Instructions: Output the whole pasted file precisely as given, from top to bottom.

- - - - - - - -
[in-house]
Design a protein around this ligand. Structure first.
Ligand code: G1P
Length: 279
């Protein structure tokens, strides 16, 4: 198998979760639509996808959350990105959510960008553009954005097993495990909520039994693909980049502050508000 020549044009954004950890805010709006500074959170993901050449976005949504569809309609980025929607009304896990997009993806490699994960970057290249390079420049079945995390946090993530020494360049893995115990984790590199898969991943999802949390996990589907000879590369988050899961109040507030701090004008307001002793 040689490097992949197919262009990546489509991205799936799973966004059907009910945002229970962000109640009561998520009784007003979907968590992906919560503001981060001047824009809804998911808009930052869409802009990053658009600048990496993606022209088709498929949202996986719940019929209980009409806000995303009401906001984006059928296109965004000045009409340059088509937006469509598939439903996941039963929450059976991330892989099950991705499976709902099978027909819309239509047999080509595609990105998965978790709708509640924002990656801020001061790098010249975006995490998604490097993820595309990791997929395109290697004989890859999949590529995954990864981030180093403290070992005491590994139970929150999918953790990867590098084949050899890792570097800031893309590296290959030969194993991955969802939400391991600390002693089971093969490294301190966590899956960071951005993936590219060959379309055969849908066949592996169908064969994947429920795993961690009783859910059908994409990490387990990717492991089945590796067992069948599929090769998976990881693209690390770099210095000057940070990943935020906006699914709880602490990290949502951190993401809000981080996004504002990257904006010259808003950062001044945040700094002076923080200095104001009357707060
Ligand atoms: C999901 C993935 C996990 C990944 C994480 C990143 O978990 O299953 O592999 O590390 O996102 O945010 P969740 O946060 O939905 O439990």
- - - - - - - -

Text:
[in-house]
Design a protein around this ligand. Structure first.
Ligand code: G1P
Length: 279
């Protein structure tokens, strides 16, 4: 198998979760639509996808959350990105959510960008553009954005097993495990909520039994693909980049502050508000 020549044009954004950890805010709006500074959170993901050449976005949504569809309609980025929607009304896990997009993806490699994960970057290249390079420049079945995390946090993530020494360049893995115990984790590199898969991943999802949390996990589907000879590369988050899961109040507030701090004008307001002793 040689490097992949197919262009990546489509991205799936799973966004059907009910945002229970962000109640009561998520009784007003979907968590992906919560503001981060001047824009809804998911808009930052869409802009990053658009600048990496993606022209088709498929949202996986719940019929209980009409806000995303009401906001984006059928296109965004000045009409340059088509937006469509598939439903996941039963929450059976991330892989099950991705499976709902099978027909819309239509047999080509595609990105998965978790709708509640924002990656801020001061790098010249975006995490998604490097993820595309990791997929395109290697004989890859999949590529995954990864981030180093403290070992005491590994139970929150999918953790990867590098084949050899890792570097800031893309590296290959030969194993991955969802939400391991600390002693089971093969490294301190966590899956960071951005993936590219060959379309055969849908066949592996169908064969994947429920795993961690009783859910059908994409990490387990990717492991089945590796067992069948599929090769998976990881693209690390770099210095000057940070990943935020906006699914709880602490990290949502951190993401809000981080996004504002990257904006010259808003950062001044945040700094002076923080200095104001009357707060
Ligand atoms: C999901 C993935 C996990 C990944 C994480 C990143 O978990 O299953 O592999 O590390 O996102 O945010 P969740 O946060 O939905 O439990």